Forum to Look at Nuclear Challenges – The Center for Climate and Energy Solutions holds a conversation on Wednesday at GWU’s Lerner Hall at 9:30 a.m. featuring utilities, federal and state policy experts, and industry analysts to discuss solutions to address this question and others.  The event will feature a keynote from Ralph Izzo, CEO of PSEG, as well as perspectives on state policy options, environmental and economic impacts, and the federal landscape.

Senate Environment to Look at Water Infrastructure – The Senate Environment and Public Works Committee holds a hearing at 10:00 a.m. on water infrastructure legislation.

Senate Energy Panel Tackles BLM, Forest Service Law Enforcement – The Senate Energy and Natural Resources Public Lands, Forests and Mining Subcommittee holds a hearing on Wednesday at 10:00 a.m. looking at law enforcement programs at BLM and the Forest Service.

WCEE Forum Looks Congressional Energy Agenda – The Women’s Council on Energy and the Environment (WCEE) will host a forum on Thursday at 8:00 a.m. at the American Gas Association to look at the Congressional agenda in the first year of the Trump Administration.  WCEE hosts for a wide-ranging conversation over breakfast about Congressional priorities and areas for bipartisan agreement on energy and environment issues. Key Congressional staffers who will offer their insights and opinions on the busy year that lies ahead include Senate Energy’s Chester Carson and Brie Van Cleve, Emily Domenech of the House Science Committee’s Energy panel, House Energy and Commerce Committee’s Energy and Environment Majority Chief Counsel Mary Martin and several others.

ELI Holds Wetlands Awards – The Environmental Law Institute holds its annual National Wetlands Awards on Wednesday evening at U.S. Botanical Gardens. The National Wetlands Awards are presented annually to individuals who have excelled in wetlands protection, restoration, and education. Through coordinated media outreach and an awards ceremony on Capitol Hill, awardees receive national recognition and attention for their outstanding efforts.

FERC Chair, Senators Discuss Cyber at Post Forum –WASHINGTON POST LIVE and its Energy 202 newsletter will host a forum on Thursday at 9:00 the Washington Post Live Center on cybersecurity and the grid. Lawmakers Sens. Martin Heinrich and John Hoeven will debate the administration’s energy priorities and discuss the security of America’s energy grid, including how to combat cyber threats. Our friend Dino Grandoni, Energy and Environmental Policy Reporter and Author of “The Energy 202” newsletter will host. Then, Steven Mufson hosts a “One-on-One” with the FERC Chairman Kevin McIntyre.  The head of the FERC will discuss new regulations and proposals to shore up the security of power grid operations and the balance between the agency and the U.S. Department of Energy.  There will also be several other speakers including Dennis McGinn.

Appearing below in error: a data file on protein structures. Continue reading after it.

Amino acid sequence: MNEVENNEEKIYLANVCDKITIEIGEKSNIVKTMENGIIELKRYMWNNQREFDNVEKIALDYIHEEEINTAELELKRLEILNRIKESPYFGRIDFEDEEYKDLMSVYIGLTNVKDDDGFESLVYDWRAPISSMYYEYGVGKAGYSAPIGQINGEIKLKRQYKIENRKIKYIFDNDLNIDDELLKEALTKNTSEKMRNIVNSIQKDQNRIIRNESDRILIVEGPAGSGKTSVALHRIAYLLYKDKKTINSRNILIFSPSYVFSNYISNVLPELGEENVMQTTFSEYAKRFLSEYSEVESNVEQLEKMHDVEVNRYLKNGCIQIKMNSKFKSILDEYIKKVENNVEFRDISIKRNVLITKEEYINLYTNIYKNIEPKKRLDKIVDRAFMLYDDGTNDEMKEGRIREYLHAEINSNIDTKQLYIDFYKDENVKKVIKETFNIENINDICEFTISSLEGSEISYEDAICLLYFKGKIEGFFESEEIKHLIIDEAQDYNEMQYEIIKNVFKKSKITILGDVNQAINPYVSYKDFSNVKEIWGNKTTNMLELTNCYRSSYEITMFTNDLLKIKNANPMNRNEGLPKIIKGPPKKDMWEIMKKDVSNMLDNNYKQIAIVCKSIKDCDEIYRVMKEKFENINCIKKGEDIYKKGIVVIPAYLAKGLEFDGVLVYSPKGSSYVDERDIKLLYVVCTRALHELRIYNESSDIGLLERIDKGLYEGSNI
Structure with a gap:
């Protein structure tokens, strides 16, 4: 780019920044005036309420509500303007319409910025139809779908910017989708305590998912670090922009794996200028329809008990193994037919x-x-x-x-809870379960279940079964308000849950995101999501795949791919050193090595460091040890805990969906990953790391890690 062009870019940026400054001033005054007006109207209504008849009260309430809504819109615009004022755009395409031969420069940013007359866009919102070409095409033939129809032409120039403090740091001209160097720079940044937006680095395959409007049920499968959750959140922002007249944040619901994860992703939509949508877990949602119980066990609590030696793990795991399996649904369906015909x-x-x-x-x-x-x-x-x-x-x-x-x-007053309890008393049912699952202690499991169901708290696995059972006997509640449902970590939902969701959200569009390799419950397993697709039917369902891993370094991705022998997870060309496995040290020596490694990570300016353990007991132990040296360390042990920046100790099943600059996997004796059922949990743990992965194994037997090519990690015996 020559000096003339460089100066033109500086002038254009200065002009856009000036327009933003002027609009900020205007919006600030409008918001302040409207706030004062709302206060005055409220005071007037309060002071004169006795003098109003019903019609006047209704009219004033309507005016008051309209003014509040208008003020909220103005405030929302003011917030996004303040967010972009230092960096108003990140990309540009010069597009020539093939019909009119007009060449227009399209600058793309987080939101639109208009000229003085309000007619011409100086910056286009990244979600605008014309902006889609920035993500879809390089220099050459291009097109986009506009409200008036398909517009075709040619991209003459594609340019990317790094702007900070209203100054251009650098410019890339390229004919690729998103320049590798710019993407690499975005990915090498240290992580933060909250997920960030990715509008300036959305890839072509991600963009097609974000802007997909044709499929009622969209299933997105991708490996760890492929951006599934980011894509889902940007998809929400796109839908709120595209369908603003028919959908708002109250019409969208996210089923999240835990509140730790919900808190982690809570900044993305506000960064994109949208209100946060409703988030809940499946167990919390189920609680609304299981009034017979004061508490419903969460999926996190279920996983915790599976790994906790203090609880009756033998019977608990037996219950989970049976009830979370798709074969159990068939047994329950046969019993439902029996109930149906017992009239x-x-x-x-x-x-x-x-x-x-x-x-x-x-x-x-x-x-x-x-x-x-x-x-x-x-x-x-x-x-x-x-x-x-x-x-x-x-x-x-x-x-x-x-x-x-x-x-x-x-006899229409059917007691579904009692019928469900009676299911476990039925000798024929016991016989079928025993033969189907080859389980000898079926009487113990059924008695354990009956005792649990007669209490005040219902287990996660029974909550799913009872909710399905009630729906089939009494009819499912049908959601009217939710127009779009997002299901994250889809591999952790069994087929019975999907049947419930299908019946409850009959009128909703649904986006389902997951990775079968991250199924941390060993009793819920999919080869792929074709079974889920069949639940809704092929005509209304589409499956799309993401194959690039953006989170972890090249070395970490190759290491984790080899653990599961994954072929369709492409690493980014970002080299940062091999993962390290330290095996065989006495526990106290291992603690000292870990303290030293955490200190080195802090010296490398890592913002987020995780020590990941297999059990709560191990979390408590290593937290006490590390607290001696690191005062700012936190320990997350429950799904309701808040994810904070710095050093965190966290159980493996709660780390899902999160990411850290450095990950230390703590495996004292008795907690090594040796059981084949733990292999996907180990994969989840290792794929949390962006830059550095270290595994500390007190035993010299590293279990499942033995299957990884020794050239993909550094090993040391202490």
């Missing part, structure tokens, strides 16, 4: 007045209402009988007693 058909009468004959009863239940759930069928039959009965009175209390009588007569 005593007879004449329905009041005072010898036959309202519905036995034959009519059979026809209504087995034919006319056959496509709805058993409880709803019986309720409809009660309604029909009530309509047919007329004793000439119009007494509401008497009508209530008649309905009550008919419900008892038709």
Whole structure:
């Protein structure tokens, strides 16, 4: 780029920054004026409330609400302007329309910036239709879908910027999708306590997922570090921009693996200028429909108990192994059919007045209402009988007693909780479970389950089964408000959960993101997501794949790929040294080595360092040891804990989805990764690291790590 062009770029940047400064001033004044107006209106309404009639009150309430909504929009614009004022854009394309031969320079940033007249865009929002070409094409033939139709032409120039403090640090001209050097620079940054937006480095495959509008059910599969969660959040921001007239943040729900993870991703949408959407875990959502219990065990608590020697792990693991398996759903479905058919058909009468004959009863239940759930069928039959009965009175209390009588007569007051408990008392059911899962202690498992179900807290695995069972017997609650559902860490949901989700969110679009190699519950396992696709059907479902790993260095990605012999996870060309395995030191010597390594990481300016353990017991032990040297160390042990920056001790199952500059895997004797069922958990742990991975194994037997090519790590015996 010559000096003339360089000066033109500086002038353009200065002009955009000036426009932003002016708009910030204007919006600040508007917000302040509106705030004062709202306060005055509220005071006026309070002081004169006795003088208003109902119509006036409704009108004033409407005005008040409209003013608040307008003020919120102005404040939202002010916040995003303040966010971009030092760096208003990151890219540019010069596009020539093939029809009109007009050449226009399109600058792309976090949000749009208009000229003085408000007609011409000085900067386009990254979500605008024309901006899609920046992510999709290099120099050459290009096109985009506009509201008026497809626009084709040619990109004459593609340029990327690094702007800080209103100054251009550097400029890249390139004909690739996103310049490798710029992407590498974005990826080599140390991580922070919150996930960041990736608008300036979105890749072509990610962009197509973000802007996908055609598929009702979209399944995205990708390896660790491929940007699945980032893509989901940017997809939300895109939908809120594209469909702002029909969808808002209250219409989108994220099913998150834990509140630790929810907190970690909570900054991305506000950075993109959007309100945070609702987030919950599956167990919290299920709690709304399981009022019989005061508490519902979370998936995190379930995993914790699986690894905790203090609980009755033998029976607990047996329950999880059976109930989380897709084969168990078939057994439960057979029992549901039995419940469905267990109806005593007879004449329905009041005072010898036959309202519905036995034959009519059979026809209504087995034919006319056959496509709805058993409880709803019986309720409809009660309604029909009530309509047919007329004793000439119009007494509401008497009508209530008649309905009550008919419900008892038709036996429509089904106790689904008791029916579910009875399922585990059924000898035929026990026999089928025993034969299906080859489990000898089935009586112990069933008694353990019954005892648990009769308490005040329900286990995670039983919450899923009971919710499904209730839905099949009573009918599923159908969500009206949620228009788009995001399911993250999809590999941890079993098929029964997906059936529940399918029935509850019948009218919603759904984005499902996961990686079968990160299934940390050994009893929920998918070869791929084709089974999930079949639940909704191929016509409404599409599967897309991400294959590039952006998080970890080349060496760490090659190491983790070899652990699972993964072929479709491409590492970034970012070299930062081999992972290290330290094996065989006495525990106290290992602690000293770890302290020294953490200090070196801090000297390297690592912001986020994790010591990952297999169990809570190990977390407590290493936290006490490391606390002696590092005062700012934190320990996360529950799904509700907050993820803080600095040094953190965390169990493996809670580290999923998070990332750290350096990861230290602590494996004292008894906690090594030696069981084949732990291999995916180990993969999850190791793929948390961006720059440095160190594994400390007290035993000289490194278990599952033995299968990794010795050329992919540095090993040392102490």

CEQ Infrastructure Lead Headline ELI Conference – Arnold & Porter and the Environmental Law Institute are co-hosting a conference Thursday at 9:00 a.m. on infrastructure review and permitting. Conference attendees will hear a variety of critical perspectives across the spectrum. High level government officials, experienced practitioners representing industry and environmental NGOs, and congressional representatives will address the wide range of environmental permitting and review challenges across sectors including transportation, energy, transmission, renewables, environmental restoration, and more. Panelists will delve into the role of policy and litigation in shaping these developments over the next three years and beyond. Conference participants representing diverse backgrounds will explore areas of common ground at the intersection of good government, economic growth, and environmental protection.  Keynote speaker is CEQ’s Alex Herrgott.

Zinke Discusses Budget – The Senate Interior, Environment and Related Agencies Appropriations Subcommittee will host Interior Secretary Ryan ZInke at 10:00 a.m. to discuss on the 2019 budget and proposed cuts to agencies including BLM, Fish and Wildlife Service and National Park Service.

House Energy Panel to Look at Transmission Infrastructure – The House Energy & Commerce’s Energy Subcommittee will hold a hearing on Thursday at 10:00 a.m. in 2123 Rayburn examining the state of electric transmission infrastructure investment, planning, construction and alternatives.

USEA Forum to Discuss Coal Utilization – The US Energy Assn will hold a forum on Thursday at 1:00 p.m. on chemical looping in coal utilization.  The event will feature work by Ohio State researcher Andrew Tong.

Forum to Look at City Partnerships on Renewables, EE – On Thursday at 2:00 p.m., the Alliance for a Sustainable future, a joint initiative of The U.S. Conference of Mayors and the Center for Climate and Energy Solutions (C2ES) will host a webinar on expanding energy efficiency and demand side management, adding more renewable energy and shifting the fuel mix of the local electric grid have emerged as critical strategies for cities striving to achieve ambitious climate goals. In this webinar, the ASF highlights how city-utility partnerships are engaging their communities and charting a course to a cleaner and smarter energy future, featuring collaborations in the Salt Lake City, and the Asheville, North Carolina, regions. These city-utility partnerships, which have local and regional impacts, offer valuable lessons for other cities around the country.


Infrastructure Week – May 14th -18th

Ross to Speak at Press Club – On Monday May 14th at 12:30 p.m.  Commerce Secretary will speak at a National Press Club Headliners Luncheon.  He’ll discuss how the DOC is creating conditions for economic growth and opportunity for the people of the US.  Secretary Ross, a former bankruptcy specialist and American investor, has been an increasingly common fixture on CNBC amidst the United States’ looming trade war with China (a result of President Trump’s deluge of new tariffs and changes to US trade policies) and his recent decision to overrule officials in the Census Bureau, an agency housed within the Department of Commerce, on the inclusion of a controversial citizenship question in the 2020 census.